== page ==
Sunday, October 31, 2010

How does it feel to be infertile?

I've never been asked by a fertile person how it feels to be infertile.  No infertile person has ever had to ask how it feels.  However, I have often found myself wondering if I could explain to a fertile person how infertility feels.

It's so abstract.  I won't die from this disease.  I've not lost any limbs.  I don't have any visible scars.  In my own case I've not lost anything tangible really.  I've lost clusters of cells, even my one miscarriage was a blighted ovum; a non baby.

The only way I can describe how being infertile feels is to equate it to what I imagine it would be like to love a child...

Infertility feels like loving a child...but the exact opposite.

I imagine that when a child is born the parents feel overwhelming feelings of joy, pride, happiness, and love.  I'm sure it is indescribable.  I'm sure it is emotionally debilitating, makes you reevaluate your life, makes you change your life for the better.

Infertility has made me feel that way too...but the exact opposite.

I imagine that when you are a parent the love you have for your child permeates your life in all sorts of little ways.  I'm sure that sometimes that love catches you off guard in little moments.  You remember your love when you see a picture, hear a comment, or smell a scent.  I imagine that love for a child is like a pleasant whisper throughout the day.

Infertility has made me feel that way too...but the exact opposite.

I'm sure that everyday as a parent is not good.  Just as everyday without children is not bad.

However, if a fertile person ever thinks to ask me how it feels to be infertile; if a fertile person ever wants to understand; I would tell them to think of all the intense love they have for their child, all the little ways that being a parent makes them happy.  I imagine the intensity of feeling is the same.

But where they have love I have bitterness.
But where they have hope I have despair.
But where they have peace I have heartbreak.

And just as a parent will always be a parent.  I will always be infertile.

Sunday, October 17, 2010

The Innocence of When

Saturday I was shopping at Pottery Barn.  As the cashier rang up my overpriced candles a young girl came to the counter, gift card in hand.  She asked the cashier, "Can you see if there is a balance on this?  I got it for my wedding and I can't remember if I spent it."  The cashier checked and told her that she had $100 balance.  "Can you use this card at Pottery Barn Kids too?  It doesn't expire, right?" she asked.  The cashier affirmed that she could and it wouldn't.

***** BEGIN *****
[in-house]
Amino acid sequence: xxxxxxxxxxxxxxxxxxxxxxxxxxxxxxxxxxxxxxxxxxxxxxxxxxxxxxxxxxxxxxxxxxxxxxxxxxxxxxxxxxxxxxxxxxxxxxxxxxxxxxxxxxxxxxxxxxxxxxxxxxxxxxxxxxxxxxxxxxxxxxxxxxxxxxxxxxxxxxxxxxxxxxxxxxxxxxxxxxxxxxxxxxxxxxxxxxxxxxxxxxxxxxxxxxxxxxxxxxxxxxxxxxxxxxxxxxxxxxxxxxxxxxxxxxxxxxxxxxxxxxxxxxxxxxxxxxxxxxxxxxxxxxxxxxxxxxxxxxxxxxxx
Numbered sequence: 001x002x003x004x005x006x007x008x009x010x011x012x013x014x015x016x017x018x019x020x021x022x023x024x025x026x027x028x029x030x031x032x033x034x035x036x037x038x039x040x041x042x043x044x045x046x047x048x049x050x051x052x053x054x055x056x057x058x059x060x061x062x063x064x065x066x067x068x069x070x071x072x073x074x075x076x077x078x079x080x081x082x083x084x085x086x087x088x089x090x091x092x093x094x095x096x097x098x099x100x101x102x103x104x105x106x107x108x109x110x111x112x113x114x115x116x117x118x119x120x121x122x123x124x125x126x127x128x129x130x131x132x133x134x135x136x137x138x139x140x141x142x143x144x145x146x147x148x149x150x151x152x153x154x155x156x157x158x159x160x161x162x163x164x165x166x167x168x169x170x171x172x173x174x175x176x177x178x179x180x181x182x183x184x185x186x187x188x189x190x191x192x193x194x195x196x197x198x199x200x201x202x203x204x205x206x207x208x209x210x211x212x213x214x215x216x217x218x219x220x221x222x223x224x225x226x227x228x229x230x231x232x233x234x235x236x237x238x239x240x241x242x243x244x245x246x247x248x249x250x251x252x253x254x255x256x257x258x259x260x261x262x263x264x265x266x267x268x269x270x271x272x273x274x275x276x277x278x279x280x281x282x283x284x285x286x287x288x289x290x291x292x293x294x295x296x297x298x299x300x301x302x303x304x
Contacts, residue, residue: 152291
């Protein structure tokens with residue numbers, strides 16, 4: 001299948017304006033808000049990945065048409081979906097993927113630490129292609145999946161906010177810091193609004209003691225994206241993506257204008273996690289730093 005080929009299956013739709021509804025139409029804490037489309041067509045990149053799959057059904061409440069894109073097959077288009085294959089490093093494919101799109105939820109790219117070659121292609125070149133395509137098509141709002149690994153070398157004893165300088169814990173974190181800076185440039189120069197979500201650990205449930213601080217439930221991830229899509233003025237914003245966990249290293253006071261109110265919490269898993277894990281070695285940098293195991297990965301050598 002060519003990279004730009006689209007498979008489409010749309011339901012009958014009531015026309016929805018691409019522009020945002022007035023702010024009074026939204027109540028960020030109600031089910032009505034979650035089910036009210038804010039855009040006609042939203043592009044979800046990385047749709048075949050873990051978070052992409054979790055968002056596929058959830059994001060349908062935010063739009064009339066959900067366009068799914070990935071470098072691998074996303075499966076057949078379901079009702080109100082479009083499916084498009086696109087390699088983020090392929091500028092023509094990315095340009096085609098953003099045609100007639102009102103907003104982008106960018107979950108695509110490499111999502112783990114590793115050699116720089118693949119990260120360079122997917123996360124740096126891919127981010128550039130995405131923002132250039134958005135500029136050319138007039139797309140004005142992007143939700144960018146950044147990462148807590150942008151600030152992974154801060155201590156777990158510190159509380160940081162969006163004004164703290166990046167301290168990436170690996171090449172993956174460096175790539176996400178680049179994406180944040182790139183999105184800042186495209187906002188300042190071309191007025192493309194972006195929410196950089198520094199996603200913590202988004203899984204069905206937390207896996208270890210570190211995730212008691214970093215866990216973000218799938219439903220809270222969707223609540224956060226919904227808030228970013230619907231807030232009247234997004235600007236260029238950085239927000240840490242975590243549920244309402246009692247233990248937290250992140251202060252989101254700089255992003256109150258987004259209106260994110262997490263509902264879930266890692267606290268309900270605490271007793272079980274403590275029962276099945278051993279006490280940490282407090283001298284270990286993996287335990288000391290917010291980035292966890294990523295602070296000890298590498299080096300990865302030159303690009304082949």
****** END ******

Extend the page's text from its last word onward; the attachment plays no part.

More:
At this point the young girl turned to her friend and said, "I think I'll just wait and use this when I get pregnant."

I bristled inside.  "When I get pregnant.... When I get pregnant...  When I get pregnant..."  The words rang in my ears all day.  Part of me wanted to tell her, "Yeah right.  It might not be that easy."  But another part of me realized that for her it probably would be that easy.  "When I get pregnant" is the world that most people live in.   Most people can save their Pottery Barn gift cards received as wedding gifts and use them at Pottery Barn Kids a few years later. 

I remember living in the world of "when".  In that world I saved money for nursery furniture.  In that world I prepared monthly budgets that included daycare, diapers, and formula.  In that world I picked out baby names and worried about how I would feel when Tony was home with the baby on summer break while I went to work.  I clung to "when" for a long time.  Even after starting IVF I still spoke in "when" terms as if the force of my will could get me pregnant.

Eventually "when" slipped away and became "if".  I couldn't plan a vacation that I might not enjoy if I got pregnant.  I couldn't buy adult furniture for the "nursery" because where would I put it if I got pregnant?  Changing from "when" to "if" was incredibly painful.  Hope was slipping away.

Thinking of this yesterday made me wonder where I am today.  I am a long way from "when" obviously.  If "when" were a location on Earth it would be midnight there when it is noon here.  But I also realized that I am moving away from "if" as well.  I don't plan for "if I get pregnant" anymore.  This is a good thing.  I'm living my life.  This is also a sad thing. 

And I'm not quite sure what it means.

Sunday, October 10, 2010

The Joneses

If you have curly hair, you want straight hair.  If you have straight hair (all together now) you want curly hair.  I happen to have naturally curly hair.  Sometimes I want straight hair, but mostly I am OK with my curls.